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Touring Italy by bicycle in the age of the Euro

If you’re Canadian, British, Australian or from any English-speaking county other than the United States you can probably ignore this post.Italy bike tour Capua repairs

But if you’re from the USA, and you want to tour Italy by bicycle, you may be worried about how much (or how little) your dollars will buy when you exchange them for euros.

Good news. When it comes to bike touring, you’re in a separate category of travel. Here’s why.

Bike touring is inherently cheaper than most other kinds of travel. You spend more time in small towns where things are less expensive, and you have more options because of your mobility (think of the typical backpacker who has to rely on bus and train schedules).

I would add that bike tours tend to involve more camping, but the truth is you really might want to stay in hotels and eat in restaurants. Good news here, too.

You see, in the late 1990s a lot of new tour operations opened up in Italy with the intention of serving middle class Americans made rich by the dotcom bubble. The dollar was strong, flights were cheap and convenient in the pre-9/11 era, and middle class tourists swarmed to Italy. (I was a tour manager in Rome, and it was possibly the best time ever to be an American living abroad.)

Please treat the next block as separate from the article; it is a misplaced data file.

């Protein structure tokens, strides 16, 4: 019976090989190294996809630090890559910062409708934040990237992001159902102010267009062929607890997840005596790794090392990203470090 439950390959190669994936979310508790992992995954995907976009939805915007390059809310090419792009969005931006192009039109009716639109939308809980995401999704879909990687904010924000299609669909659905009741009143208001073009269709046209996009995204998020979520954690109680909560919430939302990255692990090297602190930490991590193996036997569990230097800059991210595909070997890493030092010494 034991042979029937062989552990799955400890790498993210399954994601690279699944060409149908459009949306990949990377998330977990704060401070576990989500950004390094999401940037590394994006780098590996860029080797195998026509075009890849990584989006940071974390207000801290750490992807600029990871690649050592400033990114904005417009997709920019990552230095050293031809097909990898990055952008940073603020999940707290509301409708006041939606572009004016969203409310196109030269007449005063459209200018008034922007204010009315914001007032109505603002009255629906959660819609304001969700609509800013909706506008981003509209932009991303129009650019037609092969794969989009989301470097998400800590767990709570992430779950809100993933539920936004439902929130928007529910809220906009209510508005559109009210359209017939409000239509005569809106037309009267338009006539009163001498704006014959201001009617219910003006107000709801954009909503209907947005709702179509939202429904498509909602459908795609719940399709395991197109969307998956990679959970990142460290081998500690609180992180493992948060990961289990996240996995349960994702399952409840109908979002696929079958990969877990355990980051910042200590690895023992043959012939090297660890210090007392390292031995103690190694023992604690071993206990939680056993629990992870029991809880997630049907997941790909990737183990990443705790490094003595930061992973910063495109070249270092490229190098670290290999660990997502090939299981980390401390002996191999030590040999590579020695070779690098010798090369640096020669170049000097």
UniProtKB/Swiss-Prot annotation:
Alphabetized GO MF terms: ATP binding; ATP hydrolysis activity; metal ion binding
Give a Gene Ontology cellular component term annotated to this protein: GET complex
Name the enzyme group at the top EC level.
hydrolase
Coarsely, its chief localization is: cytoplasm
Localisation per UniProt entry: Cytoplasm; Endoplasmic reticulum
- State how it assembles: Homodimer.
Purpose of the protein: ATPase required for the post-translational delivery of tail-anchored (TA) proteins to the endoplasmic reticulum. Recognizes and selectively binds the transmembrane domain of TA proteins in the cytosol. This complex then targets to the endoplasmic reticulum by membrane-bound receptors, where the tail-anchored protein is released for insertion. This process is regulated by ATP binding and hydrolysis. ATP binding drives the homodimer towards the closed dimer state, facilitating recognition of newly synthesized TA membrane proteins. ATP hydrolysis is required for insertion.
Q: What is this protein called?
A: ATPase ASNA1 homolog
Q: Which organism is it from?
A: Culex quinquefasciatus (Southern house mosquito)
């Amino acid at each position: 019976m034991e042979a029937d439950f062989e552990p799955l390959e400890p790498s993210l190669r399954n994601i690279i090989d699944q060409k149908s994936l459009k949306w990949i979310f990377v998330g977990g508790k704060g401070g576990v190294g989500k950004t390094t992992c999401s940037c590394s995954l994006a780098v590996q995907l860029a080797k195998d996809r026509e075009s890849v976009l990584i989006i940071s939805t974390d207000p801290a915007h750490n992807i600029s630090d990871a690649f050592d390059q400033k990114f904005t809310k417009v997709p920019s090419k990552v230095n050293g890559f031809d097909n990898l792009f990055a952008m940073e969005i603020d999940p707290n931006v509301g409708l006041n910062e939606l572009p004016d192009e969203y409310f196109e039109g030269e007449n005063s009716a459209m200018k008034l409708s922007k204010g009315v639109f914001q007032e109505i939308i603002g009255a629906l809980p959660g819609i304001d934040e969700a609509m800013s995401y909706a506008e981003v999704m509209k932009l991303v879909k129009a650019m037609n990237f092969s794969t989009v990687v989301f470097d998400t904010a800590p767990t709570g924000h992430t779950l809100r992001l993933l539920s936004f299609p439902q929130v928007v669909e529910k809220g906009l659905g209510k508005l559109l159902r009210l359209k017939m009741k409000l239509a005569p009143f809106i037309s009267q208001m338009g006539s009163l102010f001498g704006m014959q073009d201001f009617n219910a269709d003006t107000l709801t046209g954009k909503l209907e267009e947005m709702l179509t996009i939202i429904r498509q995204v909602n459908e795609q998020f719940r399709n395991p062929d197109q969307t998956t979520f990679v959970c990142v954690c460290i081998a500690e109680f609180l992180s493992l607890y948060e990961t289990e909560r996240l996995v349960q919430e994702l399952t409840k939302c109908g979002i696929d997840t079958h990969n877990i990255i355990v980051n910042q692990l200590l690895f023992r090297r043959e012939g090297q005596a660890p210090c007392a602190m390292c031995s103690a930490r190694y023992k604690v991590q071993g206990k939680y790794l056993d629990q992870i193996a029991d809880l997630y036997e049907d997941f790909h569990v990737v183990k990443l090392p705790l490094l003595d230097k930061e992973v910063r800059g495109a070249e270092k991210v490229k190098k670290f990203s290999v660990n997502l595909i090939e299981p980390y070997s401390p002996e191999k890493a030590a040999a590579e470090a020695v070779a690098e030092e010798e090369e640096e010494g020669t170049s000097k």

Now those hotels, restaurants, pensioni and other services are struggling for new and different clientele. When you show up there, you are a rare and welcome guest. You can’t expect the prices to be lower, but you’ll get a lot of bang for your buck.

Italians don’t treat you like a customer, but a guest. On recent bike tours in Italy I’ve been invited to dinner, taken on tours of small Italian villages, and offered lots of amenities for what was only a slightly pricey hotel room.

And this is part of the joy of bike riding on tour. You get all kinds of unexpected gifts and surprises from the locals.

Food also gives you a new level of class when you tour Italy by bicycle. You may not be able to eat in a Euro-grade restaurant on a dollar budget, but you can get fine bread and cheese from a deli, and then take it somewhere exotic with your bike.

Sit up on a wall or in the courtyard of a castle while you feast on wine, cold cuts, cheese and grilled eggplant doused in olive oil. Have a picnic in a green field dotted with wild flowers, as you lean against a crumbling aqueduct. I’ve done this, and I’ll do it again soon. No matter what the exchange rate happens to be.

If anything, this might be the best time for touring Italy by bicycle if you’re creative and adventurous. And you are, or you wouldn’t be thinking about this trip, would you?

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